A General History and Collection of Voyages and Travels — Volume 13 eBook

Robert Kerr (writer)
This eBook from the Gutenberg Project consists of approximately 794 pages of information about A General History and Collection of Voyages and Travels — Volume 13.

[Footnote 79:  Dampier was of opinion, from the inattention of the people of New Holland whom he fell in with, that they had some defect in vision, so that they could not see at the usual distance.  But this opinion has been long abandoned.  Other savages have occasionally exhibited as strong marks of indifference to objects, one should think, well fitted to attract their admiration and astonishment.  A certain degree of civilization seems absolutely requisite to rouse the human mind to feelings of curiosity.  Under this degree, man resembles a vegetable, much more than that animated and intelligent being he becomes in cultivated society.—­E.]

At six o’clock in the morning, we were abreast of some small islands, which we called Frankland’s Isles, and which lie about two leagues distant from the mainland.  The most distant point in sight to the northward bore N. by W. 1/2 W. and we thought it was part of the main, but afterwards found it to be an island of considerable height, and about four miles in circuit.  Between this island and a point on the main, from which it is distant about two miles, I passed with the ship.  At noon, we were in the middle of the channel, and by observation in the latitude of 16 deg. 57’ S. with twenty fathom water.  The point on the main, of which we were now abreast, I called Cape Grafton:  Its latitude is 16 deg. 57’ S., and longitude 214 deg. 6’ W., and the land here, as well as the whole coast for about twenty leagues to the southward, is high, has a rocky surface, and is thinly covered with wood:  During the night we had seen several fires, and about noon some people.  Having hauled round Cape Grafton, we found the land trend away N.W. by W., and three miles to the westward of the Cape we found a bay, in which we anchored about two miles from the shore, in four fathom water with an oozy bottom.  The east point of the bay bore S. 74 E., the west point S. 83 W., and a low, green, woody island, which lies in the offing, N. 35 E. This island, which lies N. by E. 1/2 E. distant three or four leagues from Cape Grafton, I called Green Island.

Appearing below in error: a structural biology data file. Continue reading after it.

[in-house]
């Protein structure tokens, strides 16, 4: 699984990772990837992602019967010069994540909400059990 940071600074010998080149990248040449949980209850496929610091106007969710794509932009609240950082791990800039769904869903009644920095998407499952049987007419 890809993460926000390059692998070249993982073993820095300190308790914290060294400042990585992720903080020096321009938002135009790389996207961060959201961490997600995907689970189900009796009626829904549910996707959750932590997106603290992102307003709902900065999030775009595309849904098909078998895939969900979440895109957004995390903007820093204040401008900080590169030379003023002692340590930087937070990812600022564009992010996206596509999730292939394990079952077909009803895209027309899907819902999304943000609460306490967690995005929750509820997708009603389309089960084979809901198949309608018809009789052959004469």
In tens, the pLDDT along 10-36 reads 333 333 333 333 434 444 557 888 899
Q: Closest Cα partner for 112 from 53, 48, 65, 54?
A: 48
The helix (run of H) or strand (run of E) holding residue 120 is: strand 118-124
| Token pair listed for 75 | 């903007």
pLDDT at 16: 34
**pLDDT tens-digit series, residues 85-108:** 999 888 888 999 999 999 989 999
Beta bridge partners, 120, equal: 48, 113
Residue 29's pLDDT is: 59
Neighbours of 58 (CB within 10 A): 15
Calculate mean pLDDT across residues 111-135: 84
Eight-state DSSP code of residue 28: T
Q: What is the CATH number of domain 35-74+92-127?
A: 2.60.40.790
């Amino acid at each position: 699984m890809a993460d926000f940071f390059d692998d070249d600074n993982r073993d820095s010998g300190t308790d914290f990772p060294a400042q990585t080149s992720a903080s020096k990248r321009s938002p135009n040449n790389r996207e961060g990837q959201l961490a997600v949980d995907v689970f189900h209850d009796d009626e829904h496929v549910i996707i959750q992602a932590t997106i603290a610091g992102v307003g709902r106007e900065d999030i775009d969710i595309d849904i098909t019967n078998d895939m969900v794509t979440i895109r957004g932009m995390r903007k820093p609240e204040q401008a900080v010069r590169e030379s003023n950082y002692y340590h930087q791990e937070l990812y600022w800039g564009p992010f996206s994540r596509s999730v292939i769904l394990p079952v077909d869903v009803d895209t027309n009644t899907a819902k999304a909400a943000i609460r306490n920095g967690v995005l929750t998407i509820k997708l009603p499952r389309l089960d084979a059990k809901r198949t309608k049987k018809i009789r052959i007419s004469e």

As soon as the ship was brought to an anchor, I went ashore, accompanied by Mr Banks and Dr Solander.  As my principal view was to procure some fresh water, and as the bottom of the bay was low land covered with mangroves, where it was not probable fresh water was to be found, I went out towards the Cape, and found two small streams, which however were rendered very difficult of access by the surf and rocks upon the shore:  I saw also, as I came round the Cape, a small stream of water run over the beach, in a sandy cove, but I did not go in with the boat, because I saw that it would not be easy to land.  When we got ashore, we found the country every where rising into steep rocky hills, and as no fresh water could conveniently be procured, I was unwilling to lose time by going in search of lower land elsewhere:  We therefore made the best of our way back to the ship,

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